Report on Sao Jorge (Portugal) — 13 July-19 July 2022
Smithsonian / US Geological Survey Weekly Volcanic Activity Report,
13 July-19 July 2022
Managing Editor: Sally Kuhn Sennert
Please cite this report as:
Global Volcanism Program, 2022. Report on Sao Jorge (Portugal). In: Sennert, S K (ed.), Weekly Volcanic Activity Report, 13 July-19 July 2022. Smithsonian Institution and US Geological Survey.
38.65°N, 28.08°W; summit elev. 1053 m
All times are local (unless otherwise noted)
A seismic swarm at São Jorge began at 1605 on 19 March along a WNW-ESE fissure system stretching from Ponta dos Rosais to Norte Pequeno - Silveira. The seismic data as well as deformation data indicated a magmatic intrusion, though by early April no significant deformation was detected. The frequency of earthquakes had decreased in late May-early June, leading CIVISA to lower the Alert Level to V3 (on a scale of V0-V6) on 8 June. Seismicity continued to be elevated; by 18 July a total of 43,410 low-magnitude tectonic events had been recorded.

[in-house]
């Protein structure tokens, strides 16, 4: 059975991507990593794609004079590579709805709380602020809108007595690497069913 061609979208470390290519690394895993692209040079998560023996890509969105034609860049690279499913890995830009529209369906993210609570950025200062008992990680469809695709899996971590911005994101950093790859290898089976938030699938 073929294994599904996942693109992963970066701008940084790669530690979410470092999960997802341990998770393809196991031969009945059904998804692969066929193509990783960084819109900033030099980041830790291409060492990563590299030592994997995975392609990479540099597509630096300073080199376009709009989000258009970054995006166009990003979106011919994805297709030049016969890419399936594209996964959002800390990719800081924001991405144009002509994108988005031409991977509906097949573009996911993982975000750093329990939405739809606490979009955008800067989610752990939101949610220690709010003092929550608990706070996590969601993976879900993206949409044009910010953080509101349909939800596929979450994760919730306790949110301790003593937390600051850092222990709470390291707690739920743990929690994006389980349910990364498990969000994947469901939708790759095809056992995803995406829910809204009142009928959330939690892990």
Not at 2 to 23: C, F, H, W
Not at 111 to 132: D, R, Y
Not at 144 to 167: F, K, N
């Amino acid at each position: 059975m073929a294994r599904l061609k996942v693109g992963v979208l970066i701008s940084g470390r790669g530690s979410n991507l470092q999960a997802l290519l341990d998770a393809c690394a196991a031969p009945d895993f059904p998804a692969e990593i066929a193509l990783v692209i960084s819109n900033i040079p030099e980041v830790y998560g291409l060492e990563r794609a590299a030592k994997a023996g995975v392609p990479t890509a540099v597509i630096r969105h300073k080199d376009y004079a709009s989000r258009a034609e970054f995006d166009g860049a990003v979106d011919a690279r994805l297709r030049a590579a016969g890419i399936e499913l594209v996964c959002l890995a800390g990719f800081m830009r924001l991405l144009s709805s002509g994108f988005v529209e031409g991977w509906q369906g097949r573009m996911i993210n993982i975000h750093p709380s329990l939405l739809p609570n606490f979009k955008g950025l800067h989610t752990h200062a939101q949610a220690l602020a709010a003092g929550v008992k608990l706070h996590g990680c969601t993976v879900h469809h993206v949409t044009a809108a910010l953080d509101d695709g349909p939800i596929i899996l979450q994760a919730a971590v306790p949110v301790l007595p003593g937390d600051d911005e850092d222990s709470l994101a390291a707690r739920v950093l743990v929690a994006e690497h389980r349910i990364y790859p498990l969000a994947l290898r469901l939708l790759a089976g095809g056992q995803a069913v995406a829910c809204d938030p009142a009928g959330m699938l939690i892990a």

Geological Summary. The dominantly basaltic São Jorge Island is 55 km long and 6.5 km wide. It was formed by fissure eruptions beginning in the eastern part of the island. The western two-thirds of the island contains youthful, fissure-fed lava flows resembling those on neighboring Pico Island. Lava effused from three locations above the south-central coast during 1580, producing flows that reached the ocean. In 1808 a series of explosions took place from vents along the south-central crest of the island; one of the vents produced a lava flow that reached the southern coast. Submarine eruptions have also been reported on several occasions from a submarine ridge to the SE. The 1964 event offshore W of Velas was considered "probable" by Madiera and Brum da Silveira (2003), who also provided 14C dates for several other Holocene eruptions.